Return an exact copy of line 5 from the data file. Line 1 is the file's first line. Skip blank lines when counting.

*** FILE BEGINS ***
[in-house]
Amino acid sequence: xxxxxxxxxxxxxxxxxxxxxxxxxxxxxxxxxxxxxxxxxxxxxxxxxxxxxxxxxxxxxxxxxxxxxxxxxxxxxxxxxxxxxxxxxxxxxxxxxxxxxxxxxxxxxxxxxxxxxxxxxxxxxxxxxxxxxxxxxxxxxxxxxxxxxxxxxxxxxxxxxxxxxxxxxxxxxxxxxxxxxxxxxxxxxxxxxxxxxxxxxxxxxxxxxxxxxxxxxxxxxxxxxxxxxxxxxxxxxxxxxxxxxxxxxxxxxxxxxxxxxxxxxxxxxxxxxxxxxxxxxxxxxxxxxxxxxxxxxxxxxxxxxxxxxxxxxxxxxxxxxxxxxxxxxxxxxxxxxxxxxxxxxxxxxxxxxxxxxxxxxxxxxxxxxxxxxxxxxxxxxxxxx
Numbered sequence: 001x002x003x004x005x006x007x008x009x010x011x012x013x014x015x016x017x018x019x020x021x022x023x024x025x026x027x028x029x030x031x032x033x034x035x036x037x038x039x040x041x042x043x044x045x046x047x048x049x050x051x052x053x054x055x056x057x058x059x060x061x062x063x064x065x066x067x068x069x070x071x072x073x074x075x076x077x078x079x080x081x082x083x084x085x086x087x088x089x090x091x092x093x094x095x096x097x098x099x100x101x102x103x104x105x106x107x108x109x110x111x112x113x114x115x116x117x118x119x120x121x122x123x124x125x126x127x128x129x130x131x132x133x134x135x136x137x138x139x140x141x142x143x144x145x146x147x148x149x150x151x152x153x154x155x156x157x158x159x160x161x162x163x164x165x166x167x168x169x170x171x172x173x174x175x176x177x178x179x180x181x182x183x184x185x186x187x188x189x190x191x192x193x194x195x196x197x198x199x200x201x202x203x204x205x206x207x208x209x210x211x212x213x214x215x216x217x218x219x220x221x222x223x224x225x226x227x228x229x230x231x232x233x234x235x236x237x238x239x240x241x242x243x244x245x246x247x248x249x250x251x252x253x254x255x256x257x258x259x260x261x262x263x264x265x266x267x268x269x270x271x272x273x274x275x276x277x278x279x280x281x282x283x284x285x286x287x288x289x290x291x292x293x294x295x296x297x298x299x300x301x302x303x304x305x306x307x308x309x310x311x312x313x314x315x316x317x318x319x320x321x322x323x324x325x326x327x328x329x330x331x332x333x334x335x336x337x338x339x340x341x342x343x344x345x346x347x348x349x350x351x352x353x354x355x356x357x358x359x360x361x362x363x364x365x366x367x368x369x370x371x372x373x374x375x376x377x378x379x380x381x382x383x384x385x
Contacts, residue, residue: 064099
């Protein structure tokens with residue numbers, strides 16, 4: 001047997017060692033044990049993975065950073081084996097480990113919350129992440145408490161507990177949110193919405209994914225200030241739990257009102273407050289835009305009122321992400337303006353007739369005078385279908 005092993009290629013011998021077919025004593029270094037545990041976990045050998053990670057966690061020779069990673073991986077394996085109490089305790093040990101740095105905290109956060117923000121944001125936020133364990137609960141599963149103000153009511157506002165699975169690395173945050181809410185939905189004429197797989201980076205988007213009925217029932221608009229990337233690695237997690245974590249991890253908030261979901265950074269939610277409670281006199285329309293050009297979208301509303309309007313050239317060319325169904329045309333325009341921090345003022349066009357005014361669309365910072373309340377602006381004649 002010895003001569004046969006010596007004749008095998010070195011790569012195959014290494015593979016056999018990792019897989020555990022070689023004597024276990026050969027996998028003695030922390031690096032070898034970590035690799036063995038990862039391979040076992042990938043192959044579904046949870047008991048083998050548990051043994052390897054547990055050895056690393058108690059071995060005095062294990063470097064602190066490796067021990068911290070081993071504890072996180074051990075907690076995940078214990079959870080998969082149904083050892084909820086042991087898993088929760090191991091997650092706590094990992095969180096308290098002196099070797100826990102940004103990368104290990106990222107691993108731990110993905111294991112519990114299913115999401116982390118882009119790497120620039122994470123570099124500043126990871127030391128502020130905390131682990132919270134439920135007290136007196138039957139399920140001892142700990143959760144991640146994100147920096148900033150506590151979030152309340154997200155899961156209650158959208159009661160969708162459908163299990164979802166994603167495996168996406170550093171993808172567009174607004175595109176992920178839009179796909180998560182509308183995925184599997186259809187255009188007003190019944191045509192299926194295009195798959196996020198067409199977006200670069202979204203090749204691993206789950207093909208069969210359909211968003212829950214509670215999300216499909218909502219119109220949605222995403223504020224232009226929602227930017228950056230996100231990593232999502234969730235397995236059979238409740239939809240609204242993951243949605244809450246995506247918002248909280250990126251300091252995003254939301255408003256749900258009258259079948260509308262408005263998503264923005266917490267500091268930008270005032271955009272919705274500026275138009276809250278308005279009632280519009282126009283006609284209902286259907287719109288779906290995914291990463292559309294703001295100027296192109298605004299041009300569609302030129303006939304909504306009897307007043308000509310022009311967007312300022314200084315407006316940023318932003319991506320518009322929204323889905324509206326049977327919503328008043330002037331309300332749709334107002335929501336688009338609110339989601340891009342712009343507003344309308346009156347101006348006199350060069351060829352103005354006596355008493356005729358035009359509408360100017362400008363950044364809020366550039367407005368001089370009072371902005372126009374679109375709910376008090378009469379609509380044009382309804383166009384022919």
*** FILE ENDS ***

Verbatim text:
């Protein structure tokens with residue numbers, strides 16, 4: 001047997017060692033044990049993975065950073081084996097480990113919350129992440145408490161507990177949110193919405209994914225200030241739990257009102273407050289835009305009122321992400337303006353007739369005078385279908 005092993009290629013011998021077919025004593029270094037545990041976990045050998053990670057966690061020779069990673073991986077394996085109490089305790093040990101740095105905290109956060117923000121944001125936020133364990137609960141599963149103000153009511157506002165699975169690395173945050181809410185939905189004429197797989201980076205988007213009925217029932221608009229990337233690695237997690245974590249991890253908030261979901265950074269939610277409670281006199285329309293050009297979208301509303309309007313050239317060319325169904329045309333325009341921090345003022349066009357005014361669309365910072373309340377602006381004649 002010895003001569004046969006010596007004749008095998010070195011790569012195959014290494015593979016056999018990792019897989020555990022070689023004597024276990026050969027996998028003695030922390031690096032070898034970590035690799036063995038990862039391979040076992042990938043192959044579904046949870047008991048083998050548990051043994052390897054547990055050895056690393058108690059071995060005095062294990063470097064602190066490796067021990068911290070081993071504890072996180074051990075907690076995940078214990079959870080998969082149904083050892084909820086042991087898993088929760090191991091997650092706590094990992095969180096308290098002196099070797100826990102940004103990368104290990106990222107691993108731990110993905111294991112519990114299913115999401116982390118882009119790497120620039122994470123570099124500043126990871127030391128502020130905390131682990132919270134439920135007290136007196138039957139399920140001892142700990143959760144991640146994100147920096148900033150506590151979030152309340154997200155899961156209650158959208159009661160969708162459908163299990164979802166994603167495996168996406170550093171993808172567009174607004175595109176992920178839009179796909180998560182509308183995925184599997186259809187255009188007003190019944191045509192299926194295009195798959196996020198067409199977006200670069202979204203090749204691993206789950207093909208069969210359909211968003212829950214509670215999300216499909218909502219119109220949605222995403223504020224232009226929602227930017228950056230996100231990593232999502234969730235397995236059979238409740239939809240609204242993951243949605244809450246995506247918002248909280250990126251300091252995003254939301255408003256749900258009258259079948260509308262408005263998503264923005266917490267500091268930008270005032271955009272919705274500026275138009276809250278308005279009632280519009282126009283006609284209902286259907287719109288779906290995914291990463292559309294703001295100027296192109298605004299041009300569609302030129303006939304909504306009897307007043308000509310022009311967007312300022314200084315407006316940023318932003319991506320518009322929204323889905324509206326049977327919503328008043330002037331309300332749709334107002335929501336688009338609110339989601340891009342712009343507003344309308346009156347101006348006199350060069351060829352103005354006596355008493356005729358035009359509408360100017362400008363950044364809020366550039367407005368001089370009072371902005372126009374679109375709910376008090378009469379609509380044009382309804383166009384022919």